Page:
198 Tasting Notes
The scent of the dry leaves in a warm gaiwan is just lovely, a mix of old books or old board game boxes mixed with petrichor and some tiny hints of apricot.
After a rinse, an intense plum fragrance exudes from the leaves, with a light vanilla note and still some of the aged books or old house kind of smell.
I tasted the rinse infusion. It smelled a bit of sweet dough and it had a slight dusty taste and a light overall flavor with a gentle sweetness. The flavor reminds me of the white stick you get in a Fun Dip candy. YUM! This is a rinse I enjoy drinking and will not be tossing out!
After the first infusion, the wet leaves have a more bright and sweet aroma like wet grass and soil during rain. The tea liquid smells like sweet dough with a hint of cinnamon, like cinnamon roll dough. The taste is complex, light, and sweet, with powdered sugar and subtle fruit qualities.
The second infusion has a deeper dried fruit flavor, is a bit less sweet, but is really mellow and rich. There’s a nice enjoyable quality to it. I taste faint notes of dandelion and burdock. If I swish the tea around in my mouth there’s even a bit of a wet fur taste that comes through.
The third infusion has just the most rich and delicious scent. I’m reminded again of sweet pastry dough with a hint of cinnamon, or perhaps horchata. As flavor goes, it is still rather light and mellow. I am having an interesting experiment tonight, as I just brewed a gaiwan of the loose Moonlight White from Jingmai (also from Bana Tea) a while ago. I purchased that tea on my own and this brick tea is a sample from a friend. I’m trying to decide which one I’d like to purchase on an upcoming order soon.
Having the two back-to-back is odd. They have similarities, but are very distinct. The loose tea is from 2012 and much younger. It has sweet and bright qualities, and a little more honey like sweetness. It almost tastes more like a white tea than a Puer. On the other hand, the brick tea is from 2007 and has a more complex nature with the aged earthy-musty notes blending with the sweet notes. The result is more a dulling down of the sweet tones than an enhancement of them, or perhaps this harvest itself is not as sweet as the one from Jingmai, as the cake tea is from a different source. The cake certainly has a mellower and perhaps weaker flavor, but the additional element of the aged taste creates more complexity and richness. Moonlight white is a tea you must brew more deeply than most other raw puer. It simply doesn’t give a bold flavor with very quick infusions unless you pack your gaiwan really full with it. I’m brewing 5g per 100ml right now and am having to add 10-15 seconds to each infusion. It has no bitterness or bite that you may expect from a raw Puer, even when young.
With both versions of this tea, if the flavor intensity and quality were mapped, they’d form a basin. The first few infusions are rich and flavorful, then the next several seem weaker, but the later infusions, pushing toward 6-8, become more rich and flavorful.
I’m on the fifth infusion of this tea, and I can tell that it would benefit from being brewed in a thicker gaiwan with higher heat retention, as the one I am using has very thin walls. I just didn’t want to bust out a larger one when drinking this tea alone. The flavor is subtle still, a bit unremarkable. I will raise the temperature for the next few.
These later infusions are mostly tasting of a light mustiness and a subtle fruit-like flavor.
I really love the aroma and flavor early on, but feel like it is tough to push much flavor out of it after the first few infusions, even if infusing it for a couple minutes or more. It’s definitely subtle. I’m curious how it will age, however.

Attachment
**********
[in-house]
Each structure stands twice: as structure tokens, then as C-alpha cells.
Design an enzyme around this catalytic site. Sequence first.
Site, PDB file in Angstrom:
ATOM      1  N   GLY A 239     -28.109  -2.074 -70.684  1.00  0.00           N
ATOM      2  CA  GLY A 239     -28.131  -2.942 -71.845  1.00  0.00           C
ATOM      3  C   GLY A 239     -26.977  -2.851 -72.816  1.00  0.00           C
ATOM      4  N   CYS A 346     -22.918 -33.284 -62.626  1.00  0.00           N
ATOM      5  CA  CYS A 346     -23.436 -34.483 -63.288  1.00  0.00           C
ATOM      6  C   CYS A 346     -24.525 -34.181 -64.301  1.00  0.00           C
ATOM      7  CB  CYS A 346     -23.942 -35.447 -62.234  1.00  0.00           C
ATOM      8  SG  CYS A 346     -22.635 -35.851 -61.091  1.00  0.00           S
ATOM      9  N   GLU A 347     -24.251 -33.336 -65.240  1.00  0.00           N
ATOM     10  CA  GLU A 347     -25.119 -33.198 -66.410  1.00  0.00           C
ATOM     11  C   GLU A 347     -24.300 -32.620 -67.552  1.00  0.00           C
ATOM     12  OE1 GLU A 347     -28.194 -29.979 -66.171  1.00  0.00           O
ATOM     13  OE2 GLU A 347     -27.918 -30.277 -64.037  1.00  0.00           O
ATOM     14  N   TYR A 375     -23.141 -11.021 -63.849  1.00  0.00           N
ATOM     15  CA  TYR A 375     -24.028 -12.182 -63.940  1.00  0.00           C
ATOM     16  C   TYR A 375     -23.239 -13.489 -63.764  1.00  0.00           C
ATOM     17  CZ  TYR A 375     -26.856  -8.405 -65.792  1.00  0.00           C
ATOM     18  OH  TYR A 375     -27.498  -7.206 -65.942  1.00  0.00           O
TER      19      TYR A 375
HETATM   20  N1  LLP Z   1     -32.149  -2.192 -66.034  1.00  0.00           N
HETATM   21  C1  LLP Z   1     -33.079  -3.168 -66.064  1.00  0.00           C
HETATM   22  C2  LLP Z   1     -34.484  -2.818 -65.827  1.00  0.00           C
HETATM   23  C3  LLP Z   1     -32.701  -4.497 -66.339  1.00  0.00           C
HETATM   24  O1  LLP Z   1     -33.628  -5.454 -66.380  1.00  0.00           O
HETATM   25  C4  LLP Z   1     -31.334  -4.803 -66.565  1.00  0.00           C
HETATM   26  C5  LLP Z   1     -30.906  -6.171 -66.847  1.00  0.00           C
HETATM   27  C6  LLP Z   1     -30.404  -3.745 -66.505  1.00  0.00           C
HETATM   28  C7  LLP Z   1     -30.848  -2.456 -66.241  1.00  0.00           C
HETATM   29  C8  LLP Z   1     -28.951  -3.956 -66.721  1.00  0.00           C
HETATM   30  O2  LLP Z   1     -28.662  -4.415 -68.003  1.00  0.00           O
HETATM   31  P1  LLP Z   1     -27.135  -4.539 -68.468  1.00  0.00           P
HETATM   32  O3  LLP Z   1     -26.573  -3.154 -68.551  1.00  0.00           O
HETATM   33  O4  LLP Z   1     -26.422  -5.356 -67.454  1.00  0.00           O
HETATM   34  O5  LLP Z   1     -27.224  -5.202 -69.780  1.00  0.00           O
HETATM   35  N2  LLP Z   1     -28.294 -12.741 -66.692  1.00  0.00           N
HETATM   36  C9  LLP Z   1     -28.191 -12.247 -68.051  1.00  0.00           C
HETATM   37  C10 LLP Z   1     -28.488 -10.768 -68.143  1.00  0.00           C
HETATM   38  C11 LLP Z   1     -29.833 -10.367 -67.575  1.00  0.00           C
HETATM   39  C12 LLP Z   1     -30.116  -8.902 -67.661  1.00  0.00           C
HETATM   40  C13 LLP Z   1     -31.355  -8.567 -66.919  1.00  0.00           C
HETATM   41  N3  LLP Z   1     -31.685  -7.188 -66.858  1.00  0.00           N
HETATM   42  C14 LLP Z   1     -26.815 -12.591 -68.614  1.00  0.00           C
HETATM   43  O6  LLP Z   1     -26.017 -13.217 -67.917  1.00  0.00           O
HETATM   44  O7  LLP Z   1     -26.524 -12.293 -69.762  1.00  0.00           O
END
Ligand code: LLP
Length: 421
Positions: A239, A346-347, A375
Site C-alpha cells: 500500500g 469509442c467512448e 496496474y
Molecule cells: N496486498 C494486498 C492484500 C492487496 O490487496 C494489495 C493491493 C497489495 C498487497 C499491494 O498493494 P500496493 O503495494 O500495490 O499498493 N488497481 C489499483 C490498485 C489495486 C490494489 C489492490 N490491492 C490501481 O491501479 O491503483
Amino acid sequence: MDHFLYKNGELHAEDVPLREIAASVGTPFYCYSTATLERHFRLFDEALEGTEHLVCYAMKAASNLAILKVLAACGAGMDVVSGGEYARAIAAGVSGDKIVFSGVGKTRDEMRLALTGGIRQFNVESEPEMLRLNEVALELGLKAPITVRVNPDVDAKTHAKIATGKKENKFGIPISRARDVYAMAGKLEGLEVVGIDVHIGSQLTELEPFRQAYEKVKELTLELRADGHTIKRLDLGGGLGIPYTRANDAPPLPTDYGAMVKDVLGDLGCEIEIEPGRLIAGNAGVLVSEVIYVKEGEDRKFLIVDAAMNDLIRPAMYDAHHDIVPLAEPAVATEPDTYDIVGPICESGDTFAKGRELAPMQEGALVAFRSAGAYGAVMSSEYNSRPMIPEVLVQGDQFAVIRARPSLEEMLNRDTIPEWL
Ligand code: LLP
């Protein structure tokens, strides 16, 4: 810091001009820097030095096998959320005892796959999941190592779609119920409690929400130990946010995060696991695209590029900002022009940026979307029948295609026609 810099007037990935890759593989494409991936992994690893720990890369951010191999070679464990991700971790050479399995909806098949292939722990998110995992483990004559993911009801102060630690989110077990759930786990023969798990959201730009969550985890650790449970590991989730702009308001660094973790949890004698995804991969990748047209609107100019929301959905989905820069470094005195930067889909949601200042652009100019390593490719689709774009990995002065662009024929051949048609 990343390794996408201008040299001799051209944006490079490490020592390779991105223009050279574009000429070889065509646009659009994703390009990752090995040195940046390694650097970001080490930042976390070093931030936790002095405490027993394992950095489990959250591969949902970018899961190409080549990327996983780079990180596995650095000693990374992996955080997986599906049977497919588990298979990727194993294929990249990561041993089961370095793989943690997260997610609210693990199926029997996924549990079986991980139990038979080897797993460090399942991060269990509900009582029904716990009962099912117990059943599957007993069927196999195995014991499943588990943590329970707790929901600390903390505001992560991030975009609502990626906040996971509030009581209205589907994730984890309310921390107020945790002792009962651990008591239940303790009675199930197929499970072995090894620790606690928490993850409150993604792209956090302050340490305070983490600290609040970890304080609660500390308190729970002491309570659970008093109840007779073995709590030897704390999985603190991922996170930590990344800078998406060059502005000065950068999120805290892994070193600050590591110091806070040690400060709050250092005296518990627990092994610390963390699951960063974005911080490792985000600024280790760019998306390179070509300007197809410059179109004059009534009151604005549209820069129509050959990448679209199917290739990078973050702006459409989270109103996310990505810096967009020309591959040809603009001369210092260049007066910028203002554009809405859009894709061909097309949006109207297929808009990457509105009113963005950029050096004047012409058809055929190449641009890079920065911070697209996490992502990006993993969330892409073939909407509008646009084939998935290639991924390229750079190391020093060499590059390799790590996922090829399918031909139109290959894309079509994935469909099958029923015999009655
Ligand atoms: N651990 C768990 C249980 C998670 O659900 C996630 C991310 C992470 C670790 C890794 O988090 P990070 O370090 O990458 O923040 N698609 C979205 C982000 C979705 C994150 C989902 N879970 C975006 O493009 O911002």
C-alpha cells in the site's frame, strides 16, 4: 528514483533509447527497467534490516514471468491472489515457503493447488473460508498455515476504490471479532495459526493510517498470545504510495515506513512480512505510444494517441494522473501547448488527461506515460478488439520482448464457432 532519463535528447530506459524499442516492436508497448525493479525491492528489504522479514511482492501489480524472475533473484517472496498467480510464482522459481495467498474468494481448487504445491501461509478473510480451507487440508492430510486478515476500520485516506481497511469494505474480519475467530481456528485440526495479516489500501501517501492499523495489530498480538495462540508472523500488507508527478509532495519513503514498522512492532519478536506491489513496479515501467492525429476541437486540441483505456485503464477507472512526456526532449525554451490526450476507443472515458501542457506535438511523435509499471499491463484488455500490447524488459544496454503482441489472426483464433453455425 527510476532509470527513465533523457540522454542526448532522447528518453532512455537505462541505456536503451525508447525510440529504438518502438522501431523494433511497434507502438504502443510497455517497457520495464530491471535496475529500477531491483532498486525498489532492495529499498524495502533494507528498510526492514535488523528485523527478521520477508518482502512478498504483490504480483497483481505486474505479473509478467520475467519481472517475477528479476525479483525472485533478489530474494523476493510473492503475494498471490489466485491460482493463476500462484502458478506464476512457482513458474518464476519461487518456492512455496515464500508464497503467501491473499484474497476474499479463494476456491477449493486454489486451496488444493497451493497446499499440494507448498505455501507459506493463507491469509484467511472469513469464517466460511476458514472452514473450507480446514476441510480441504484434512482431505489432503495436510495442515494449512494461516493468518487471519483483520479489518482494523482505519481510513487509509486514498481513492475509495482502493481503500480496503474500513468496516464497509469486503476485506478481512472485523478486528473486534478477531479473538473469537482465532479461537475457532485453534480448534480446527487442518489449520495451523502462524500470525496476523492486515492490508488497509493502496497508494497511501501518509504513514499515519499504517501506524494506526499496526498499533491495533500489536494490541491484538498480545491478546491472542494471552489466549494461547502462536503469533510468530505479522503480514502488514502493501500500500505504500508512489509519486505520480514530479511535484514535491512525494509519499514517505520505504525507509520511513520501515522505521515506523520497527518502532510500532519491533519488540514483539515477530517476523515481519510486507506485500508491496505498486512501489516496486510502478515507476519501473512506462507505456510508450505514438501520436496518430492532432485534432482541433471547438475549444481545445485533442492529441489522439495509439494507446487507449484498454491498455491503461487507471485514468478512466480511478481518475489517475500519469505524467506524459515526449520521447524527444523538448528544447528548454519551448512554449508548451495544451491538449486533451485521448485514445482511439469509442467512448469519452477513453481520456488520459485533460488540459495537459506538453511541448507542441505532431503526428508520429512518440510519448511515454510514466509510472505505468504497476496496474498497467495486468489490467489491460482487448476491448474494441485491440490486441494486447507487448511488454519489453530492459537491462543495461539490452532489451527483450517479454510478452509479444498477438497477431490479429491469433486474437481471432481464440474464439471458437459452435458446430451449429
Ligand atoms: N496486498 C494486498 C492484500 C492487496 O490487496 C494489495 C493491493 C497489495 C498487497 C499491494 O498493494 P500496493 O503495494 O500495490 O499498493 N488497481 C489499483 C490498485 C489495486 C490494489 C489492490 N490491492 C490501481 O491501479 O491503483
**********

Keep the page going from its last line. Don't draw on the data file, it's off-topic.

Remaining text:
I’ve had a chance to revisit this tea in my thick-walled larger gaiwan and I can say a few things now with certainty. Firstly, I prefer the loose version from Jingmai that Bana sells over this one quite a bit. At first, I think I was appreciating this tea a lot more because it was given to me by a friend and it’s of a varietal that I really like, but if I am to be totally as objective and unbiased as I can be, I feel this cake has a subdued flavor compared to the loose Moonlight White from Jingmai. I felt the cake was more complex at first, but I don’t feel that way now. It just had some more flavors I wasn’t used to, but those flavors have overridden and hidden some of the more subtle complexities that made me really fall in love with the loose version. This cake version, after a few sessions, hasn’t had the lasting appeal of that version. It’s a unique tea, but compared to other compressed raw Puer, I don’t feel it really competes for a place in my collection.
Flavors: Cinnamon, Musty, Pastries, petrichor, Plums
Let’s review some grocery store Puer cake! This is fun simply because you can find these at most Asian grocers, so depending on where you live, this may be the only Puer cake you’ll be able to purchase in person and not online. They’re usually only 10-15 bucks a cake, and because of that, I’ve avoided them, thinking they’d probably be poor quality tea. Let’s find out!
After a rinse, there are some really warm aromas of roasted nuts, sweet tobacco, and leather. The flavor is mellow and round, slightly sweet… earthy, nutty, and with an aftertaste of leather. This is surprisingly non-offensive for a cheap and likely mass-produced tea. There’s a tiny hint of mustard in the taste.
There’s nothing particularly outstanding about this Puer, but as ripe Puer goes, so many of them have very similar flavors to me. I’ve only had one or two where I thought “Hey, this is unique!” Otherwise, they most often seem to just have a similar mellow, enjoyable taste, granted they aren’t too musty. This one isn’t, so no worries there.
So, my verdict is… if you just want a nice everyday kind of Puer cake for helping to get you familiar with Puer brewing, or just to have some tea that you can shamelessly brew without breaking the bank… this isn’t a bad choice! Even if you’re just curious about using a compressed tea cake and aging it, why not give one of these a go? It may not be the most remarkable tea out there, but it’s worth its price for the quantity you get.